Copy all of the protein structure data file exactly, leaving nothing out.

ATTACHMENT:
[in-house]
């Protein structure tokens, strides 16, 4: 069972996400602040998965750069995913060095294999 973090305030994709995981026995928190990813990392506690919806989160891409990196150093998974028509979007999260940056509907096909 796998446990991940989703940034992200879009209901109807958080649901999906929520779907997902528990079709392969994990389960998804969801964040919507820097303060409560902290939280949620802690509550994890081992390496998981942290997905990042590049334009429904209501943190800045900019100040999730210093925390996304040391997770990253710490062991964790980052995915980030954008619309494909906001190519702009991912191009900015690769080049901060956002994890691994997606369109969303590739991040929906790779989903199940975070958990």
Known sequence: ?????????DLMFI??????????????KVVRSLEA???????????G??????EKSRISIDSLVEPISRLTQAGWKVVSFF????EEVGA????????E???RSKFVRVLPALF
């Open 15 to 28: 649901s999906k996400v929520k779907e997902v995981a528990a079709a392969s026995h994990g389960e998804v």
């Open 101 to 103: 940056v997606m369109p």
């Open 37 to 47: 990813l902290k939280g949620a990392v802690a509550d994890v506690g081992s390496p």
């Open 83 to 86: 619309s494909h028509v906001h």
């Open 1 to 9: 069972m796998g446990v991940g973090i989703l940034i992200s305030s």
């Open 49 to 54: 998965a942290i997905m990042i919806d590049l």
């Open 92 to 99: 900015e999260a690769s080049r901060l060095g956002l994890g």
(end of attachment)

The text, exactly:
[in-house]
């Protein structure tokens, strides 16, 4: 069972996400602040998965750069995913060095294999 973090305030994709995981026995928190990813990392506690919806989160891409990196150093998974028509979007999260940056509907096909 796998446990991940989703940034992200879009209901109807958080649901999906929520779907997902528990079709392969994990389960998804969801964040919507820097303060409560902290939280949620802690509550994890081992390496998981942290997905990042590049334009429904209501943190800045900019100040999730210093925390996304040391997770990253710490062991964790980052995915980030954008619309494909906001190519702009991912191009900015690769080049901060956002994890691994997606369109969303590739991040929906790779989903199940975070958990």
Known sequence: ?????????DLMFI??????????????KVVRSLEA???????????G??????EKSRISIDSLVEPISRLTQAGWKVVSFF????EEVGA????????E???RSKFVRVLPALF
């Open 15 to 28: 649901s999906k996400v929520k779907e997902v995981a528990a079709a392969s026995h994990g389960e998804v």
């Open 101 to 103: 940056v997606m369109p």
């Open 37 to 47: 990813l902290k939280g949620a990392v802690a509550d994890v506690g081992s390496p």
């Open 83 to 86: 619309s494909h028509v906001h």
């Open 1 to 9: 069972m796998g446990v991940g973090i989703l940034i992200s305030s």
């Open 49 to 54: 998965a942290i997905m990042i919806d590049l």
């Open 92 to 99: 900015e999260a690769s080049r901060l060095g956002l994890g």